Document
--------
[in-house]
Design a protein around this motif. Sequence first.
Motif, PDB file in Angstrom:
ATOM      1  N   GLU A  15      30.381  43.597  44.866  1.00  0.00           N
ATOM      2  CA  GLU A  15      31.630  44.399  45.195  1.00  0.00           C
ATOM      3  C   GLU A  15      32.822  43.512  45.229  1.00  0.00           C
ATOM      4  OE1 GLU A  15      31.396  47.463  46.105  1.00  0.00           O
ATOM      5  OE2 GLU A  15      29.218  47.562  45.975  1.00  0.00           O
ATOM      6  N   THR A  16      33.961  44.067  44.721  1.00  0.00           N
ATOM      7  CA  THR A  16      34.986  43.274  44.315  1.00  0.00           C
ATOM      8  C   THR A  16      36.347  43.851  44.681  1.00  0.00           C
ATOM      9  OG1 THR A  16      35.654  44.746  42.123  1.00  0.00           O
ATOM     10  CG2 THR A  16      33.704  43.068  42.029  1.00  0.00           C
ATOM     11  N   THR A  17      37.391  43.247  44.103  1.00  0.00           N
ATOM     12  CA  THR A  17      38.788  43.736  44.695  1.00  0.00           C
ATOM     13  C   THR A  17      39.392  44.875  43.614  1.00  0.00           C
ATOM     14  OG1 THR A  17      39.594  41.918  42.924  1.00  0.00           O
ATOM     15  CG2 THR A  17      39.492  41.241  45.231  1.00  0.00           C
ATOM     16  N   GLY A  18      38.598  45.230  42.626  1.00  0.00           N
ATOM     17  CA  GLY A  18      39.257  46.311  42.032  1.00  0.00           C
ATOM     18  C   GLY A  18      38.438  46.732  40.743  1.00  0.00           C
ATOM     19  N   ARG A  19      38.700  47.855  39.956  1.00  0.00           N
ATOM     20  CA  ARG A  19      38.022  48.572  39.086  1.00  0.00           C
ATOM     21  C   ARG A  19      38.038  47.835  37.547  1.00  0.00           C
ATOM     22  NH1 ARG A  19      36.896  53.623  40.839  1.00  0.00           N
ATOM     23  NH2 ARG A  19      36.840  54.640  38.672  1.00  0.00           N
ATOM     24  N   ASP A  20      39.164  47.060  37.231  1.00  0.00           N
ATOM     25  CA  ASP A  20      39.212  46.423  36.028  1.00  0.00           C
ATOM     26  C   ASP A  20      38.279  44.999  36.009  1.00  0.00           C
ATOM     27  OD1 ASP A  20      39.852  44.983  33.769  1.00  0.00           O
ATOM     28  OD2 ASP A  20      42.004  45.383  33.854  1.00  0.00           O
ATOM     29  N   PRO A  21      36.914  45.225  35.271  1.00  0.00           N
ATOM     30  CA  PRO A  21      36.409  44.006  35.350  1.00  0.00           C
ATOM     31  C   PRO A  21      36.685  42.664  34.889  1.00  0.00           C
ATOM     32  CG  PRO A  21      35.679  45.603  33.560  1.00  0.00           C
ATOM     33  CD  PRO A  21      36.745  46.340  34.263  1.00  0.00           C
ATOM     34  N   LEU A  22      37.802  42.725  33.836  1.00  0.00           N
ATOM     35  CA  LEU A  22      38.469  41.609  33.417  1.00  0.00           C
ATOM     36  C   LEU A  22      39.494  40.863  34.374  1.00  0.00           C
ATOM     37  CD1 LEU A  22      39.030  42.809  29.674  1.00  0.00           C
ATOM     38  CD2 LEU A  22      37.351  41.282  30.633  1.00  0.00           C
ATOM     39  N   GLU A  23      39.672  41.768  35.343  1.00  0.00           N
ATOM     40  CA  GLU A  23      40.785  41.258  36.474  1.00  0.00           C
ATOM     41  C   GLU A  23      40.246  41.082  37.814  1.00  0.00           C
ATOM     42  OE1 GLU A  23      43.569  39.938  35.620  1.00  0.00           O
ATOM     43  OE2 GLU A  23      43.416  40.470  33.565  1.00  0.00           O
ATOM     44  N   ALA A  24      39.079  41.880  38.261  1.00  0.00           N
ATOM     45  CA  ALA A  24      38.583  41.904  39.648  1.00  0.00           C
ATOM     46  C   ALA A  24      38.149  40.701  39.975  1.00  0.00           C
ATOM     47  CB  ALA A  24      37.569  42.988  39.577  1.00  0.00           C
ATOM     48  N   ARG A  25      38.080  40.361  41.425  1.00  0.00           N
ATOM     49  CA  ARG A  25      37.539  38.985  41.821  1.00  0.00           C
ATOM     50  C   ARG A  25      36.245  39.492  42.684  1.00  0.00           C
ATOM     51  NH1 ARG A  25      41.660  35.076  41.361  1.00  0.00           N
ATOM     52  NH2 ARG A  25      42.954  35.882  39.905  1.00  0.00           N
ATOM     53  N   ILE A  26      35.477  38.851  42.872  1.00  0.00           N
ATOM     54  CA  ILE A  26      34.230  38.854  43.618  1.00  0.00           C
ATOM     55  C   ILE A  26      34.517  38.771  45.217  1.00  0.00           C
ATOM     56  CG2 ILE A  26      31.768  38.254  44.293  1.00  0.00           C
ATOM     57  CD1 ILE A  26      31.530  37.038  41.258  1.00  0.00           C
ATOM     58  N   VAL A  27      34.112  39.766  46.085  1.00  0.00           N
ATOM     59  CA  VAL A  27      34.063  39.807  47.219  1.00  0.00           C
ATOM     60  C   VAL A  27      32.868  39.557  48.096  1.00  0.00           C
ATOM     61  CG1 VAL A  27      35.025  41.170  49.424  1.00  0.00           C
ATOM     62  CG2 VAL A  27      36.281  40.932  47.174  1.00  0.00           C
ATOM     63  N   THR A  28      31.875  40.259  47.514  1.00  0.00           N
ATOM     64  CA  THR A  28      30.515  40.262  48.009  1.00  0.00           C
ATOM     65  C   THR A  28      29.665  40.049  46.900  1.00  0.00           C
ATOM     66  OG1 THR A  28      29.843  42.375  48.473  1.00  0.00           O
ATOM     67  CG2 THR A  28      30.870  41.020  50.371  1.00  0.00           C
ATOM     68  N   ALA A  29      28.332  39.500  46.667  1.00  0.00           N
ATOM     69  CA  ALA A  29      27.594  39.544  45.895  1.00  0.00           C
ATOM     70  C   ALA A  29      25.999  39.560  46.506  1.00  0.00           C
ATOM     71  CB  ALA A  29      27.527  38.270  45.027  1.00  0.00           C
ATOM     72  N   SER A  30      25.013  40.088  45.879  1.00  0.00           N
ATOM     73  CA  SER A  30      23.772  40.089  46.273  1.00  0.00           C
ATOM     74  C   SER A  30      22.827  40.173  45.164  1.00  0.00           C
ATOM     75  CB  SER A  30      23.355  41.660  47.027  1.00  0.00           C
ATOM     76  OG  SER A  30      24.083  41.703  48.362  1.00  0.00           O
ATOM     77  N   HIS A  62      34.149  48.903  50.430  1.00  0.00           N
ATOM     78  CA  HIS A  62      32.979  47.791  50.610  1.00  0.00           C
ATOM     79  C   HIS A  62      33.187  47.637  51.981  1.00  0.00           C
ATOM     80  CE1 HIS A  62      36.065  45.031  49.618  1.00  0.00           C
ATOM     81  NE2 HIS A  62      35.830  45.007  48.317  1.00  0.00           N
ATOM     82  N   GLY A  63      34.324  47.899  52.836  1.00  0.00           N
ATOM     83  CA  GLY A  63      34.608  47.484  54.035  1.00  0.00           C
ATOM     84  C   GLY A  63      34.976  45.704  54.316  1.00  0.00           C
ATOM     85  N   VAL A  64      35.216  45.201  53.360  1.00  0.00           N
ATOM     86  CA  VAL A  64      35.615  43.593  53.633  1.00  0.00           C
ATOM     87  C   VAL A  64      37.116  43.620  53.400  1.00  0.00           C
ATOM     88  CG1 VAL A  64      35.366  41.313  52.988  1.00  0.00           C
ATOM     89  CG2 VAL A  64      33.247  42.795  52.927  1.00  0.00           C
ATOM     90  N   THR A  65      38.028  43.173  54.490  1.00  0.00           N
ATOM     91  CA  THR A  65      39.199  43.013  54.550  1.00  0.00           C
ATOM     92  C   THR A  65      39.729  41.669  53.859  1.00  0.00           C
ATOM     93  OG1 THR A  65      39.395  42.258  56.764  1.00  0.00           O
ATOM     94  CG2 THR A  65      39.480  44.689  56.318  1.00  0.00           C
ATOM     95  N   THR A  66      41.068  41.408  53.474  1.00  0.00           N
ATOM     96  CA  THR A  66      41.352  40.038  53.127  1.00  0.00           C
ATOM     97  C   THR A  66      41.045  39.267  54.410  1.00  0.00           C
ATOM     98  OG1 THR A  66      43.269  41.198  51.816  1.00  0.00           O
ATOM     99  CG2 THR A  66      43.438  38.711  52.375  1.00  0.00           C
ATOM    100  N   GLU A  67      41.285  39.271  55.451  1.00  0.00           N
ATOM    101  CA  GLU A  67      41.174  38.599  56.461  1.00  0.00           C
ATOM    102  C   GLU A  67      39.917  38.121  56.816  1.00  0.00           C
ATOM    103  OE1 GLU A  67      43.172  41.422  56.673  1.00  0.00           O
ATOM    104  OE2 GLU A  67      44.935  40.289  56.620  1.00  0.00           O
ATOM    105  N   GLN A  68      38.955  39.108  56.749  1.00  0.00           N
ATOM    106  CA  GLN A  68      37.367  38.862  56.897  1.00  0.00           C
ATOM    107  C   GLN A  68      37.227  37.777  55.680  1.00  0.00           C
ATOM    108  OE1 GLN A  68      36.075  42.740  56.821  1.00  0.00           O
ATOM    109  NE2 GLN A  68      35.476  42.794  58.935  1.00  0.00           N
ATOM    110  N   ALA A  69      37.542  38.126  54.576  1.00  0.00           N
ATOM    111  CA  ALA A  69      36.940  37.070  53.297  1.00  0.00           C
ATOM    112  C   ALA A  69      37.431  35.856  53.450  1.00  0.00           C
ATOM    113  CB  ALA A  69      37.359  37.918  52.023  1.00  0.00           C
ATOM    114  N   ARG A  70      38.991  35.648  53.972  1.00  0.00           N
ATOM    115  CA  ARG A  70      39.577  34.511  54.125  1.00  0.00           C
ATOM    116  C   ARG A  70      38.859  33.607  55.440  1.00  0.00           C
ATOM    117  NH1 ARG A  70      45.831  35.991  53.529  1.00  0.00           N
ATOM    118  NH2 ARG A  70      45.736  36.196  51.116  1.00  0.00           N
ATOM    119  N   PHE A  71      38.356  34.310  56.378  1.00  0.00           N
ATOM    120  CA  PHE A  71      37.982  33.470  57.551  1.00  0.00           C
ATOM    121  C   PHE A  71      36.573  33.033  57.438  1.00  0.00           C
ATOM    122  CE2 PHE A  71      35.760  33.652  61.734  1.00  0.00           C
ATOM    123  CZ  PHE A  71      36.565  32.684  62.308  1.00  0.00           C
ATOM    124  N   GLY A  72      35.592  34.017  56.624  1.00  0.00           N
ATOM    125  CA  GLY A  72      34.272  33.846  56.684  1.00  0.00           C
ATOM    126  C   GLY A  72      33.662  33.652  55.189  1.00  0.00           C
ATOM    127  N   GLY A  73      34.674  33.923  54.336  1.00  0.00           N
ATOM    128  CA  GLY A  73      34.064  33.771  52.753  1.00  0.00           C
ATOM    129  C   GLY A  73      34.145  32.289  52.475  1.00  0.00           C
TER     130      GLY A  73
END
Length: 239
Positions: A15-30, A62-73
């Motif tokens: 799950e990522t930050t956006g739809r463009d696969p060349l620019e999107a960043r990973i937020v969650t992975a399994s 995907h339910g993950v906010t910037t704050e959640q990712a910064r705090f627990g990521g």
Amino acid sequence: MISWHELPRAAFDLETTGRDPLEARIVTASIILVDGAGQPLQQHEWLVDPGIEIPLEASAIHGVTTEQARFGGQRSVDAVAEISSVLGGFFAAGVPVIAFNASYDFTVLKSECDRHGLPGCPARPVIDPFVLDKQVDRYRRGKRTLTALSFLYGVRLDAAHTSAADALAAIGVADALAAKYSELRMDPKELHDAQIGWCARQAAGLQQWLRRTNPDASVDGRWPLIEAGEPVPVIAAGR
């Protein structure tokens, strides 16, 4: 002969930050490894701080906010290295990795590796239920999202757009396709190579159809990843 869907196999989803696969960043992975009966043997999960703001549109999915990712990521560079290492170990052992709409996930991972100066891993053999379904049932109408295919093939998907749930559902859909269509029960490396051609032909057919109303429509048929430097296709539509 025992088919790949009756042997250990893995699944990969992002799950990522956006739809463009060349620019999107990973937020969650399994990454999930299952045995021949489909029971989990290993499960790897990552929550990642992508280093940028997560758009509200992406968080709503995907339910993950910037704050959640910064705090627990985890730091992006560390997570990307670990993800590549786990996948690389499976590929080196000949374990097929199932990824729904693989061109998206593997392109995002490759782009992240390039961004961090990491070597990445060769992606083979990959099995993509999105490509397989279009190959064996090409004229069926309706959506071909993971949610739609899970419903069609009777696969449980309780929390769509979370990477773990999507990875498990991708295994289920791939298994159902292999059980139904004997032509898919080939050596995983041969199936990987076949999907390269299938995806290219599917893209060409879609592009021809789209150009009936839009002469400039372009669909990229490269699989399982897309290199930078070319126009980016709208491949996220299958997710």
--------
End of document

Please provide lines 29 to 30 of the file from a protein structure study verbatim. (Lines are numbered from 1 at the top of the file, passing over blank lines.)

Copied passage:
ATOM     26  C   ASP A  20      38.279  44.999  36.009  1.00  0.00           C
ATOM     27  OD1 ASP A  20      39.852  44.983  33.769  1.00  0.00           O